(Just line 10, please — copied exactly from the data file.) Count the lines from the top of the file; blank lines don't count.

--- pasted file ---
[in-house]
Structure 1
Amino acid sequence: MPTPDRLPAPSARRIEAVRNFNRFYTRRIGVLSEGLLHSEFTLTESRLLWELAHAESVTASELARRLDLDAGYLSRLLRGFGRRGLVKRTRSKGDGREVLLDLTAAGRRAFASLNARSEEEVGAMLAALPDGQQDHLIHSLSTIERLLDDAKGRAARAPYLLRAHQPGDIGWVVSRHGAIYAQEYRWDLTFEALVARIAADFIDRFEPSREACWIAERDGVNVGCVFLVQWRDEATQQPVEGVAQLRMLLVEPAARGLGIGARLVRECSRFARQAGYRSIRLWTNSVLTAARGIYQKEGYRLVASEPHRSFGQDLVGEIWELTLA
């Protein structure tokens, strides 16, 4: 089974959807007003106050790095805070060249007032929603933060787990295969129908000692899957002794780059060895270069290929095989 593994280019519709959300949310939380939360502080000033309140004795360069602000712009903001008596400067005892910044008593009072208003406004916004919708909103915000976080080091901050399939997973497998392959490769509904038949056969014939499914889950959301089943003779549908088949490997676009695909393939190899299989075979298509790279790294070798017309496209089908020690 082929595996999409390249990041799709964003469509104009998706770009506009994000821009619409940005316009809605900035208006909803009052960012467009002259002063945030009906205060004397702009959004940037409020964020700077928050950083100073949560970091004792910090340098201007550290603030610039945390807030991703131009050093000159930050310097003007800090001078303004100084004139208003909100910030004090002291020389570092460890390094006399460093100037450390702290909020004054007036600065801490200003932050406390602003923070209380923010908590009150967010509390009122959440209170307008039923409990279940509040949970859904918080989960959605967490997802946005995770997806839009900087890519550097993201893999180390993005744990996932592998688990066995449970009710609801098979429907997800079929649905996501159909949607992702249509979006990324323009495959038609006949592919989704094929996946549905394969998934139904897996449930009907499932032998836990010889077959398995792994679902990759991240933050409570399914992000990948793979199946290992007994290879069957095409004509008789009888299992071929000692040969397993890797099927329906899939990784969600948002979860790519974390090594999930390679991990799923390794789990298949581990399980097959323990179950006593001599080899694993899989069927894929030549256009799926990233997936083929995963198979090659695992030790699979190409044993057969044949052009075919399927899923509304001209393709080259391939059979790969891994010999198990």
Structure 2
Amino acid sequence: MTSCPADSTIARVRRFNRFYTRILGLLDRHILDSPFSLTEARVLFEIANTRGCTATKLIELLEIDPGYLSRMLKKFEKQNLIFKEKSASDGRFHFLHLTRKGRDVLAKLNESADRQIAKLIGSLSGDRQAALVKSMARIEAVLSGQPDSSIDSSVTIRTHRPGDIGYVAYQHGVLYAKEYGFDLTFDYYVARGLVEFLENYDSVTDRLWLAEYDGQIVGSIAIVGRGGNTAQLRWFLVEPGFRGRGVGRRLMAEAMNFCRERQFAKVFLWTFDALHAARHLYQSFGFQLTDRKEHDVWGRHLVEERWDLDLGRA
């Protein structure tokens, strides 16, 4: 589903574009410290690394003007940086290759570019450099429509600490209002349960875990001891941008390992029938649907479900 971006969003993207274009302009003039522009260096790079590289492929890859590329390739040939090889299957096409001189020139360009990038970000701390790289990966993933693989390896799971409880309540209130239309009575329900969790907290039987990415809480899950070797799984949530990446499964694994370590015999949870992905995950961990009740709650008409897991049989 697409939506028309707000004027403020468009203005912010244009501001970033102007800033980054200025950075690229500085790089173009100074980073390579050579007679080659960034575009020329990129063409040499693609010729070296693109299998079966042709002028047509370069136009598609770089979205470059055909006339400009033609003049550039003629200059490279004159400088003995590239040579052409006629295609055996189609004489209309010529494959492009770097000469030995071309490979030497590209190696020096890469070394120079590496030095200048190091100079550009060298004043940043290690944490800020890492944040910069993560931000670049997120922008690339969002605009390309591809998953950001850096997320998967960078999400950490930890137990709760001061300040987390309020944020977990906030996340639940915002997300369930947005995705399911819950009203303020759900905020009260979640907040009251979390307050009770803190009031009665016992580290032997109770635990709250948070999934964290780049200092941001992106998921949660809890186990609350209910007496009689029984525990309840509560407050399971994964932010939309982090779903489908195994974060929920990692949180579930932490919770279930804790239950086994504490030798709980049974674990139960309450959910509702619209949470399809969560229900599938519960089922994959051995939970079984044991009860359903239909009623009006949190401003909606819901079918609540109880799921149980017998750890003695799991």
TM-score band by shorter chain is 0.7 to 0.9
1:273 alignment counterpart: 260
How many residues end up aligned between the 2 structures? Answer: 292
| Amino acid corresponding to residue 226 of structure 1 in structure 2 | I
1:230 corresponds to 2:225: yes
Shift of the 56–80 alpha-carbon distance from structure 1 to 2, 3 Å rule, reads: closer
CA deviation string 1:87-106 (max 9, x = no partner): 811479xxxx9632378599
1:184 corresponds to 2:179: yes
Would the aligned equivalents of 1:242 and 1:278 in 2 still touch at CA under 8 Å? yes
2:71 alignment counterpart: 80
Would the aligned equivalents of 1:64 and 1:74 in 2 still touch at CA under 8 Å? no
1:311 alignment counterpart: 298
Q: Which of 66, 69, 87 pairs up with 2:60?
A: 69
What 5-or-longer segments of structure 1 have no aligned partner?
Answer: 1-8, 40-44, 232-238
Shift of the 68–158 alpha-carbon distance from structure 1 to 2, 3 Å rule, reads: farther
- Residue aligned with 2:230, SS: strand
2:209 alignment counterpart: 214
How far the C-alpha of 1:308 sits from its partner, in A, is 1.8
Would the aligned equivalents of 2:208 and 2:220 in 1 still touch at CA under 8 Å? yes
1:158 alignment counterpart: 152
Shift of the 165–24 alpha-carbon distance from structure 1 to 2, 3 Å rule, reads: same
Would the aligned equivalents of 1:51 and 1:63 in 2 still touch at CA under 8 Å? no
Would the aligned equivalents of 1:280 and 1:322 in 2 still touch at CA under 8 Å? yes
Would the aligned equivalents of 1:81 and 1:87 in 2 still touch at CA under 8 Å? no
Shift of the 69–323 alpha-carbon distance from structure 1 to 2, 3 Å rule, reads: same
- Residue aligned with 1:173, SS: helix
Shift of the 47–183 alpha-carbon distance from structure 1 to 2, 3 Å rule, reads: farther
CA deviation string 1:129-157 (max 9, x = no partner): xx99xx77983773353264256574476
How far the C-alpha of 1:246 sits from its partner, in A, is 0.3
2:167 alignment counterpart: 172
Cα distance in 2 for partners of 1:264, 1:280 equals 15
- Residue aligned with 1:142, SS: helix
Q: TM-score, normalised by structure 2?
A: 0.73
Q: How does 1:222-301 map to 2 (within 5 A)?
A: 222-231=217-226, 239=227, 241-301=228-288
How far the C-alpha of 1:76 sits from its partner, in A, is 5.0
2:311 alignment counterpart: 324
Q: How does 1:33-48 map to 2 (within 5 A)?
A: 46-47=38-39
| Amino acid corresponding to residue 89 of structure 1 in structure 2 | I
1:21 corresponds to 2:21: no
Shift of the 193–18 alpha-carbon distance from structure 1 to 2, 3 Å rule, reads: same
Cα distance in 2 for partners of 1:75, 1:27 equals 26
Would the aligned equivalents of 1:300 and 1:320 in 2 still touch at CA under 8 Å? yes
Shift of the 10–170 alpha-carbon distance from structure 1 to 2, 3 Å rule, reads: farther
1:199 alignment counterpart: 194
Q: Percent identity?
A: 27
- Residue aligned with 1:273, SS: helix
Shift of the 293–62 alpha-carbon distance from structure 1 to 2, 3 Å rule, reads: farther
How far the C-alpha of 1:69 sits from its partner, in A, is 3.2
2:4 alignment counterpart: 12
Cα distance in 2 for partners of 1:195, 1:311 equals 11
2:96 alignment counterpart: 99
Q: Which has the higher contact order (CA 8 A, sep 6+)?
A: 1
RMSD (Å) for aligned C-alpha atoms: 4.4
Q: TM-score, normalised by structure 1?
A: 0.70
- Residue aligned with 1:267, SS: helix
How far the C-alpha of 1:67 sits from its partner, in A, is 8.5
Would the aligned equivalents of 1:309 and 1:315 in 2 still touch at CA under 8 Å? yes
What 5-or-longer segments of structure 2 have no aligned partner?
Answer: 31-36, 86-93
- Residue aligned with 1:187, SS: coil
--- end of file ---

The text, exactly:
How many residues end up aligned between the 2 structures? Answer: 292